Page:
In Mitchell v. Rees (Mitchell IV), No. 09-5570 (6th Cir. June 30, 2011), a unanimous panel of the Sixth Circuit affirmed the trial court’s decision denying a habeas petitioner’s motion for relief from judgment. Previously, in Mitchell v. Rees (Mitchell I), 114 F.3d 571 (6th Cir. 1997), the Sixth Circuit had disallowed evidence adduced from the district court’s hearing on Mitchell’s claim that the State impermissibly used peremptory challenges on the basis of race.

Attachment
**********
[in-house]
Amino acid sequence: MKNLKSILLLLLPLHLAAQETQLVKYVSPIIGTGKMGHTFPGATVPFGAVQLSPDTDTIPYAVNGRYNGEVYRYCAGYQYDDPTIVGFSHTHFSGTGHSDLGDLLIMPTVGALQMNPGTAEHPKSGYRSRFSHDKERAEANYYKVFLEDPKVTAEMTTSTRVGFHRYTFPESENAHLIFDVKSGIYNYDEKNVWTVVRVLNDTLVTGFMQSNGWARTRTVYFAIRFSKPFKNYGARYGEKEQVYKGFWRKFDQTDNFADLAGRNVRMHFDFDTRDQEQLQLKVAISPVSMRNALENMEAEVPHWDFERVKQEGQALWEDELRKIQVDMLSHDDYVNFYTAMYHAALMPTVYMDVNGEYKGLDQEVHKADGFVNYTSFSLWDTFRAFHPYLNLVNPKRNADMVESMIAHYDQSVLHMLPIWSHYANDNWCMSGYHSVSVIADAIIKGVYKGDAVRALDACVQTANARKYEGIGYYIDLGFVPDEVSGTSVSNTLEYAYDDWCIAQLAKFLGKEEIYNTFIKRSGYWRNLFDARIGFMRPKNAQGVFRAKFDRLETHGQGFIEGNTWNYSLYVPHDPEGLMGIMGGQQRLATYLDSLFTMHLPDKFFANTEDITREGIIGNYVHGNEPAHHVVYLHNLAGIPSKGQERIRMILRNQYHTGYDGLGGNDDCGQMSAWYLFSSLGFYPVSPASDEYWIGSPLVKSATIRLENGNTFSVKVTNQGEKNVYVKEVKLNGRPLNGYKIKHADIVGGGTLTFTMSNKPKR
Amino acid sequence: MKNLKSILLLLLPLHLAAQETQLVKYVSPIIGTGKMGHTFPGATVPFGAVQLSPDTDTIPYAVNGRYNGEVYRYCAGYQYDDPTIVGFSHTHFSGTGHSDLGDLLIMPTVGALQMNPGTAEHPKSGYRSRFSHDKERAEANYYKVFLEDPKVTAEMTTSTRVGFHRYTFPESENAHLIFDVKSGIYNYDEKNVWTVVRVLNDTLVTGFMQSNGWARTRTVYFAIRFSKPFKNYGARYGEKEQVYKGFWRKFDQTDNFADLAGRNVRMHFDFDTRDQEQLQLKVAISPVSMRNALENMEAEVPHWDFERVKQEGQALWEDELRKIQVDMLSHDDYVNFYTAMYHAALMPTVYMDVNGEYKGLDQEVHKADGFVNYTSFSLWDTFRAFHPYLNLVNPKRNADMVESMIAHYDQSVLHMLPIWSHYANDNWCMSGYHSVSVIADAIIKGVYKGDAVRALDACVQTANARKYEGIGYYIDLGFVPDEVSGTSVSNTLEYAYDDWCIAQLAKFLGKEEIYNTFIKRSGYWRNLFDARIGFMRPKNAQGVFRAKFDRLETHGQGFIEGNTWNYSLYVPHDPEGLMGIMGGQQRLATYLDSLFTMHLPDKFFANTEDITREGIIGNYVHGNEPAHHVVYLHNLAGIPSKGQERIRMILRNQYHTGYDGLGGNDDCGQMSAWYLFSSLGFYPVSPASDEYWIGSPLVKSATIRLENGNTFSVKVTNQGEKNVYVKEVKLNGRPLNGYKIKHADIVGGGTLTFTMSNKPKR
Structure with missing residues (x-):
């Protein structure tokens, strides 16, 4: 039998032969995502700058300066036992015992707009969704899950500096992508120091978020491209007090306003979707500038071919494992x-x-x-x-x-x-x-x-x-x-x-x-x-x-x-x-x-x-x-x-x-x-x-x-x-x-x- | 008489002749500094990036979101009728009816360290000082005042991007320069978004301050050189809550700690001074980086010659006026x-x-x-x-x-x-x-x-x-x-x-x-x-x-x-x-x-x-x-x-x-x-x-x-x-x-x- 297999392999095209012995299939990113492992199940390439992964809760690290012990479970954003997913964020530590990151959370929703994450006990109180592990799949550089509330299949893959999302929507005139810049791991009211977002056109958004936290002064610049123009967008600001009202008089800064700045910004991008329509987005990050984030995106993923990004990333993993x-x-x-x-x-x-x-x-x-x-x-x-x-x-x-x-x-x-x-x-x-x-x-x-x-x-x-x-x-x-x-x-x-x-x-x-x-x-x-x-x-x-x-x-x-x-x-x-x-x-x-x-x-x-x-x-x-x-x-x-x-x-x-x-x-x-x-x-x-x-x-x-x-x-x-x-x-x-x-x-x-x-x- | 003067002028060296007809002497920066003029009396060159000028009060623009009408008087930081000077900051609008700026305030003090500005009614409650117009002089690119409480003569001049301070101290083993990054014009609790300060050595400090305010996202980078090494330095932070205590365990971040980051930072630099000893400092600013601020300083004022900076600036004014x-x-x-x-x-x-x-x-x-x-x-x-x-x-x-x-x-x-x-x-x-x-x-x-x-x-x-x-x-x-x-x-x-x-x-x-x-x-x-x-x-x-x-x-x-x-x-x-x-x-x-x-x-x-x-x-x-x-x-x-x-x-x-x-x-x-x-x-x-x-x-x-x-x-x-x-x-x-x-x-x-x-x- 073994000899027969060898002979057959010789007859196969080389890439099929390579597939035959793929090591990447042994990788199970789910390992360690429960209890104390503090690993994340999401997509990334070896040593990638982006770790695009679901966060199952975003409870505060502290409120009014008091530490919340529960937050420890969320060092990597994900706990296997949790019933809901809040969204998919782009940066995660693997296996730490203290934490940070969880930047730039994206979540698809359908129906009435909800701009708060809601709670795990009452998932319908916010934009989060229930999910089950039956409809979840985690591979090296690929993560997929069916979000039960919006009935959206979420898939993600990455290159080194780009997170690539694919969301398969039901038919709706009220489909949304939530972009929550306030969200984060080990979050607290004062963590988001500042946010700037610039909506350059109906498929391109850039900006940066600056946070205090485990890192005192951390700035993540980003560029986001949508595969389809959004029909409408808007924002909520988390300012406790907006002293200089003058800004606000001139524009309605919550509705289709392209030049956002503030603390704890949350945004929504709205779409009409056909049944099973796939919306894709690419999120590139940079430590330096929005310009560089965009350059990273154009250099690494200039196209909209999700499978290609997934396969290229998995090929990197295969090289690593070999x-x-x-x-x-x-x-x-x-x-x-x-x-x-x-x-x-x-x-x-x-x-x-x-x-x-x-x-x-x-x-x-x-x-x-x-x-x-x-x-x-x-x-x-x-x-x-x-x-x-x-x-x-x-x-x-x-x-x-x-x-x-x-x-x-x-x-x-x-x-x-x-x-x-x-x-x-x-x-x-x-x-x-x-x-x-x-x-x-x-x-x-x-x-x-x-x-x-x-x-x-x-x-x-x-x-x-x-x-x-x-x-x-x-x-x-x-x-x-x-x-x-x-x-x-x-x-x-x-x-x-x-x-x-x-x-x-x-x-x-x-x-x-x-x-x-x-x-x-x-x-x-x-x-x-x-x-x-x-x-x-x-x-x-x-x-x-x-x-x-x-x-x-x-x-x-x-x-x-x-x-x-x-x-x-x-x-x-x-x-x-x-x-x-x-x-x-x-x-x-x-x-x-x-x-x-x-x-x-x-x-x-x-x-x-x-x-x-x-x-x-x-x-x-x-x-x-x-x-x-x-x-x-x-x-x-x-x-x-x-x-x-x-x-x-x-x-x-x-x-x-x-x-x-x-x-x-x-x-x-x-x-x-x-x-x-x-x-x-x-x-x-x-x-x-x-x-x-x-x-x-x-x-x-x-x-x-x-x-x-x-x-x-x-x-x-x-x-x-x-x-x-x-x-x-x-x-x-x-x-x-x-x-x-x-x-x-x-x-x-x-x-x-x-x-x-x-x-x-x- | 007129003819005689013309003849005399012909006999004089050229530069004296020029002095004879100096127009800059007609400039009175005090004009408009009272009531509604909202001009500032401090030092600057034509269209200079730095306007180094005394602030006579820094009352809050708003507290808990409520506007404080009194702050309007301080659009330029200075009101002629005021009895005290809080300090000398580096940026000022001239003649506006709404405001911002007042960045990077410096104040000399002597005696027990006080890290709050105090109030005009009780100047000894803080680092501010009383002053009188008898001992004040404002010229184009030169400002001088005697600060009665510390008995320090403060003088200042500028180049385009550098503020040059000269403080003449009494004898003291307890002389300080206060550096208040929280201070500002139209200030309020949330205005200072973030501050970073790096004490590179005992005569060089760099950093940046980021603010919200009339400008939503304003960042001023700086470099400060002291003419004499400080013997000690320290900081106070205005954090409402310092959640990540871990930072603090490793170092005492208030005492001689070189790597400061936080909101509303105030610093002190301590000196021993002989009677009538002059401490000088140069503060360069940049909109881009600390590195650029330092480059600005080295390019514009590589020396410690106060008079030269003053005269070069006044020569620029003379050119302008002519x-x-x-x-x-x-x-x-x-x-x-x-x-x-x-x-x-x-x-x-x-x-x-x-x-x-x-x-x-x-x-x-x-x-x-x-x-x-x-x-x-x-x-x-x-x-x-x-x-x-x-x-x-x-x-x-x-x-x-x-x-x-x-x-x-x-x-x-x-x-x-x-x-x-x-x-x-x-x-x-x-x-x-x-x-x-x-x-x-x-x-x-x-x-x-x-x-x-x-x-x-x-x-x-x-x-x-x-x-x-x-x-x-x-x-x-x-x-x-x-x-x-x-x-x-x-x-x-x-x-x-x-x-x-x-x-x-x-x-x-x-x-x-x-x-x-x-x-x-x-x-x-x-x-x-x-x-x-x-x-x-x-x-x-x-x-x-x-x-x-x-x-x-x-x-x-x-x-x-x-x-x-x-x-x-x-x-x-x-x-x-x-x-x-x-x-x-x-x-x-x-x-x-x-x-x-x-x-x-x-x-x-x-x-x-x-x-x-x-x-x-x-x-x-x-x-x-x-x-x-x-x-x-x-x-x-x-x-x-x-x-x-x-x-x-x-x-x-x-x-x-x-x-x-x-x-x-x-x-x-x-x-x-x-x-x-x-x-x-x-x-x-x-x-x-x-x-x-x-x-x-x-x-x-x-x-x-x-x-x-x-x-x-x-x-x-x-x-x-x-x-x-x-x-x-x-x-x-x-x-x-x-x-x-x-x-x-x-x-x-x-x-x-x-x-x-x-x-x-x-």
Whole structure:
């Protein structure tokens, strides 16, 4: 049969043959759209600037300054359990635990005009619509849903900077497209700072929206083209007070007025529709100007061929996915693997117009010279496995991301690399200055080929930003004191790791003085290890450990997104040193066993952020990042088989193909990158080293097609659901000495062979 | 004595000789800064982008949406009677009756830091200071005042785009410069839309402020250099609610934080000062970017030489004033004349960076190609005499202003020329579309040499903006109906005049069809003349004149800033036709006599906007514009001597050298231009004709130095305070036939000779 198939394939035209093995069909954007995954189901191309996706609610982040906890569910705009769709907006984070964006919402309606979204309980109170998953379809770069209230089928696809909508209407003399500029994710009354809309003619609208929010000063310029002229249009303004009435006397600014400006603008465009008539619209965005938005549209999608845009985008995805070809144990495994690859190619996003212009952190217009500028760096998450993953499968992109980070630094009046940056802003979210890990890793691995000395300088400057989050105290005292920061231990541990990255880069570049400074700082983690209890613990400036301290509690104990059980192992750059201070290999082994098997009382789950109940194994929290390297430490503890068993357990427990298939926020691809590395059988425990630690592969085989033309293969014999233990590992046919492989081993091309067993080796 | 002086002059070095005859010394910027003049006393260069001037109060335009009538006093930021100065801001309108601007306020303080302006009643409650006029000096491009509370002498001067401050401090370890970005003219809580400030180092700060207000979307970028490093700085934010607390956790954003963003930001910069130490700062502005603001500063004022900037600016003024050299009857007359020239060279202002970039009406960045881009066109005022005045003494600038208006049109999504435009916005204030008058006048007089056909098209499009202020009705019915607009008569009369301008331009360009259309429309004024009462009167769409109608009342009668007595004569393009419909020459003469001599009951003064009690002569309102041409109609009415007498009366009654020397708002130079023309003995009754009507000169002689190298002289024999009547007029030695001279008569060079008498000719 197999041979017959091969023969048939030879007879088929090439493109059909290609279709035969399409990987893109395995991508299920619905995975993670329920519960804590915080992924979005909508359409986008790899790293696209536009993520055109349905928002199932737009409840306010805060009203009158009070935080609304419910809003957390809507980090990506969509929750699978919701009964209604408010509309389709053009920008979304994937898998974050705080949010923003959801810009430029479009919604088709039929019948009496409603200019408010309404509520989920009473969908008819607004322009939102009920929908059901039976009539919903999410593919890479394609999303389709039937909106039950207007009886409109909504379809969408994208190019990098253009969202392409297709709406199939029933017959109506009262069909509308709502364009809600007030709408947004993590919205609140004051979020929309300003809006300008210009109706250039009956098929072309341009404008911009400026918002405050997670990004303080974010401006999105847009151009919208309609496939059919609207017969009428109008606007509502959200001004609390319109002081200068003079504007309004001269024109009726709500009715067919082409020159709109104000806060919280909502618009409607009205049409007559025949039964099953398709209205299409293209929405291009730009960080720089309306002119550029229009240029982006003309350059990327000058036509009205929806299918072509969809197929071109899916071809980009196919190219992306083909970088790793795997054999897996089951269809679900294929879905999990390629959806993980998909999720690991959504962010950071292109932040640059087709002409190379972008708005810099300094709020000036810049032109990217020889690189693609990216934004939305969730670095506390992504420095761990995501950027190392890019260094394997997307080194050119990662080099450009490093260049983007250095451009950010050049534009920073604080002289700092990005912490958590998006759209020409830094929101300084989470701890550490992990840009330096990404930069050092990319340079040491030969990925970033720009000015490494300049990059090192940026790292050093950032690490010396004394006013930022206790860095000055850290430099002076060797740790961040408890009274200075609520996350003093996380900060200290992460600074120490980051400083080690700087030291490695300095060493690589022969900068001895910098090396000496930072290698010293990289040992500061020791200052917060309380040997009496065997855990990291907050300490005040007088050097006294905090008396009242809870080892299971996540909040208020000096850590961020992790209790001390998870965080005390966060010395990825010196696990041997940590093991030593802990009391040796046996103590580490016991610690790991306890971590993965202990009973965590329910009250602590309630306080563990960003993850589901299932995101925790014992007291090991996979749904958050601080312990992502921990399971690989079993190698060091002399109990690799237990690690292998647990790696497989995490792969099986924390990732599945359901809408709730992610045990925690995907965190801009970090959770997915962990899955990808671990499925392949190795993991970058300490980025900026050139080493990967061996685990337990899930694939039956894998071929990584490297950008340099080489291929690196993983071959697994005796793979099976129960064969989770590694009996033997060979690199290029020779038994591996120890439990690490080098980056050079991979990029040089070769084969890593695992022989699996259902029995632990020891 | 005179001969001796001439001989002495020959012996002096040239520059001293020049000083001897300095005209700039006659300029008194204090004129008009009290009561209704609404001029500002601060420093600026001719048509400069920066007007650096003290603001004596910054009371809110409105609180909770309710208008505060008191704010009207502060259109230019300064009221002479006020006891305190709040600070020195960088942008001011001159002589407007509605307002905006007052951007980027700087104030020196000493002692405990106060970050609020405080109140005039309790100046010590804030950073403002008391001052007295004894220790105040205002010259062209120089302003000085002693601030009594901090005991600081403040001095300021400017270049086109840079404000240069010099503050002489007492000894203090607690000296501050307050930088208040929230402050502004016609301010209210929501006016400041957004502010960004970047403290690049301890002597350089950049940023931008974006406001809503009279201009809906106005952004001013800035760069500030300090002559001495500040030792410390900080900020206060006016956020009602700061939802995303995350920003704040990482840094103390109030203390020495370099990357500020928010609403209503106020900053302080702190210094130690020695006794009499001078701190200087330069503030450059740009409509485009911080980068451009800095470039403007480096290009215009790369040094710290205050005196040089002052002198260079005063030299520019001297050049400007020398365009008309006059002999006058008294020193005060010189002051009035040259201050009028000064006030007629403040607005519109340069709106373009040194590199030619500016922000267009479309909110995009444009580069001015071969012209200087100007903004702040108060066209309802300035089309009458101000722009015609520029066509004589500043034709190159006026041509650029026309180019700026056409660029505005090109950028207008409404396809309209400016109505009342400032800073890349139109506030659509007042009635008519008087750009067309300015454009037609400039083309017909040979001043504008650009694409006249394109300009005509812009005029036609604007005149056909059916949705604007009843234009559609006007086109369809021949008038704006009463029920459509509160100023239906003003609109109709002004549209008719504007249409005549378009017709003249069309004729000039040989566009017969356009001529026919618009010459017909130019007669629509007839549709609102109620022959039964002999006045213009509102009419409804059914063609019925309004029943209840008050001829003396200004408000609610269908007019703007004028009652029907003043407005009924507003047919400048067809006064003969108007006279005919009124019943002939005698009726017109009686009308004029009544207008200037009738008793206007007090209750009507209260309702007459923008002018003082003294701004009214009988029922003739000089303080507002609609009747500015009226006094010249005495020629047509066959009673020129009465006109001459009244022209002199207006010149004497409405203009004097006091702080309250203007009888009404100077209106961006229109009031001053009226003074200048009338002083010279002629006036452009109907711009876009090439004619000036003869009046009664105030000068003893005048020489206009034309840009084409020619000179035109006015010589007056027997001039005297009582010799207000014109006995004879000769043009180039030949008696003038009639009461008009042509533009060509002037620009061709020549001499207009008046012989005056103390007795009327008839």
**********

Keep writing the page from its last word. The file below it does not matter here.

In rejecting Mitchell’s motion, the Sixth Circuit determined that he could not establish that the Sixth Circuit’s adverse decision subjected him to a “grave miscarriage of justice,” was “manifestly unconscionable,” or that his case was one of “unusual and exceptional circumstances.” While recognizing that “Mitchell was the recipient of an adverse legal decision by this court, a decision that was later determined to be incorrect,” the Sixth Circuit found that Mitchell had numerous avenues by which he could have further challenged or sought remedy for that decision. However, he waited several years before doing so. In addition, while the Sixth Circuit found the “fact that Mitchell suffered an incorrect, adverse legal decision that was not remedied” regrettable, it did not find that the incorrect decision was equivalent to a showing of actual innocence, a required element for an independent action for relief from a habeas judgment. Although the Sixth Circuit’s ruling came in the context of a habeas petition, it shows how high the standard is for relief under Rule 60(d)(1) in civil actions more broadly.